Cooking Up Delicious Power Foods With This Cookbook
Recently a friend (thanks, Andrea!) gave me the cookbook Power Foods: 150 Delicious Recipes with the 38 Healthiest Ingredients. I enjoy cooking, and in the last few months, I’ve really fallen in love with preparing fresh, nutritious clean meals (I credit Trader Joe’s for much of it). Nothing overly complicated. Nothing stressful. Just good ingredients put together in a way that is healthy, delicious and—for lack of sounding totally corny—beautiful. Goodbye processed foods, and hello fresh tomatoes from the garden. See you later, boring iceberg salads. Hola, hearty shredded kale. And this book pretty much took my current love affair with fresh food and launched it to the next level.
Power Foods is part nutrition book, part cookbook. From the editors of Whole Living magazine, it lists 150 “power foods,” along with why they’re healthy, how to store them and how to prepare them. Most of these power foods you already know about—asparagus, Swiss chard, almonds, quinoa, broccoli—but it’s a good reminder, and the tips are beyond the gee-whiz-I’ve-read-that-a-million-times variety. Not to mention that each page has a beautiful color photo. Yeah, you shouldn’t judge a cookbook by its art, but it certainly doesn’t hurt when you have those nomtastic tomatoes staring at you on the cover.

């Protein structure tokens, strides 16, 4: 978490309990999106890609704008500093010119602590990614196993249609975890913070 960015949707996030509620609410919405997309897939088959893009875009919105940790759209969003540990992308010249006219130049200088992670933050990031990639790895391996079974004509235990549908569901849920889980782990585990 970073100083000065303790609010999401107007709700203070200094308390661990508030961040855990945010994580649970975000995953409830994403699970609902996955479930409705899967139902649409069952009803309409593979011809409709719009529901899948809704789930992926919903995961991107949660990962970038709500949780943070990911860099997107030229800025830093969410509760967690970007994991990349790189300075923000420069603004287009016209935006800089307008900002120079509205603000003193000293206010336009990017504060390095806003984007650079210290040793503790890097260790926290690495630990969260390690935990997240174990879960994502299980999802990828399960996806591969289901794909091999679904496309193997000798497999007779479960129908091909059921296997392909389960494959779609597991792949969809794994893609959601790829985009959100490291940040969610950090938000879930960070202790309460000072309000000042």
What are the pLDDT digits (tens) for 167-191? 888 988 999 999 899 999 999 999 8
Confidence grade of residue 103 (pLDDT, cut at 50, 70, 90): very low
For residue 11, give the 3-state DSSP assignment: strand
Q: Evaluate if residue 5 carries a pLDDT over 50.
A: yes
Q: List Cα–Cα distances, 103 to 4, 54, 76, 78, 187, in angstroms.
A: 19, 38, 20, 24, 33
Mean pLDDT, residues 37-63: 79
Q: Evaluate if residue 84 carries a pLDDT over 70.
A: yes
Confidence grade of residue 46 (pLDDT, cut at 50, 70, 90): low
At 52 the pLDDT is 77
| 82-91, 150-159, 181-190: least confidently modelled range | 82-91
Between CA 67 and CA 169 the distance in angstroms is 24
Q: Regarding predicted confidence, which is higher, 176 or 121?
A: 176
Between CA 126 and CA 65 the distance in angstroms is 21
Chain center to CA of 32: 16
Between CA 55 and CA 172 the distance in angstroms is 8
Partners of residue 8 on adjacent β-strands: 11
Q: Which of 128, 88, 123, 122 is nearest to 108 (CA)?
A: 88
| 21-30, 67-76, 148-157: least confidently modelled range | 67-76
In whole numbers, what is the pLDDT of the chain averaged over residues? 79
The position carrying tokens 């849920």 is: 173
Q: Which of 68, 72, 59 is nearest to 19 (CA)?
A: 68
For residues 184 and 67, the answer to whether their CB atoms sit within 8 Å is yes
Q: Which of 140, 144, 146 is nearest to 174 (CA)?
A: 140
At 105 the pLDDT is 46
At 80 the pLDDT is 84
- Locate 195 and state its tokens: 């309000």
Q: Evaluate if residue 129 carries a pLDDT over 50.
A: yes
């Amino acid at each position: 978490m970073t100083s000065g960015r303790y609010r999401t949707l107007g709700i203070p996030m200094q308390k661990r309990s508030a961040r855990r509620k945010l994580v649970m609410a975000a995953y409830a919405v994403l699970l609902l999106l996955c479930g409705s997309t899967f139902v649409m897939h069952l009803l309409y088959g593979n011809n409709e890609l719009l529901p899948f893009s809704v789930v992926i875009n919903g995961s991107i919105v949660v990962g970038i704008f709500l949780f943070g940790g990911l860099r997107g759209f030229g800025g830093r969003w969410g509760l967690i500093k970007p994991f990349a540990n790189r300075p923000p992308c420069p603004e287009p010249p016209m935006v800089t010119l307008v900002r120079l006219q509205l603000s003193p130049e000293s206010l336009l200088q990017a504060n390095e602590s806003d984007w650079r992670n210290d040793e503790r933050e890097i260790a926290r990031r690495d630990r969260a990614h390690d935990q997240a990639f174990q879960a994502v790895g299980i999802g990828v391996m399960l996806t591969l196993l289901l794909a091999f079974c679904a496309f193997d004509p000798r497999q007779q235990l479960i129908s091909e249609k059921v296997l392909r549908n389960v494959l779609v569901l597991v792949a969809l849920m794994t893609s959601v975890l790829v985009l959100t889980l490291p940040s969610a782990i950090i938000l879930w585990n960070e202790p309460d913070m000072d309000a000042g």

Then you get into the best part…the recipes. I’ve had the Power Foods cookbook for about a month now, and have tried three recipes that have all been awesome. The photo on the cover of the tomatoes? Yep, made that.
Simply sliced tomatoes, fresh herbs, and a spread made from blending tofu, oil and spices, on top of good whole-wheat bread, the Open Faced Tomato Sandwiches with Herbs and Creamy Tofu Spread on page 122 is perhaps the most perfect (yes, most perfect) summer snack EVER, especially if you have a garden.
I also tried the Chicken Breasts with Fennel, Carrots and Couscous—also delicious and simple to make. And, seriously, who knew that dried apricots could be so tasty? What really took the Power Foods cake for me though was the Kale Slaw with Peanut Dressing on page 310. It’s straight-up veggie heaven. If the fact that I’ve already made it three times in a month isn’t enough to convince you of its awesomeness, consider that it’s a fabulous way to eat kale raw without even realizing you’re eating kale (the peanut dressing is simply amazing). See?
If you’re looking for a way to jazz up your meals to be a little healthier and a lot more beautiful, I highly recommend Power Foods. While I can’t vouch for every recipe in the book, the three I’ve tried have been stellar enough to put it on my cookbook shelf for keeps, yo.
What’s your favorite healthy eating cookbook? Favorite healthy power foods? Do tell! —Jenn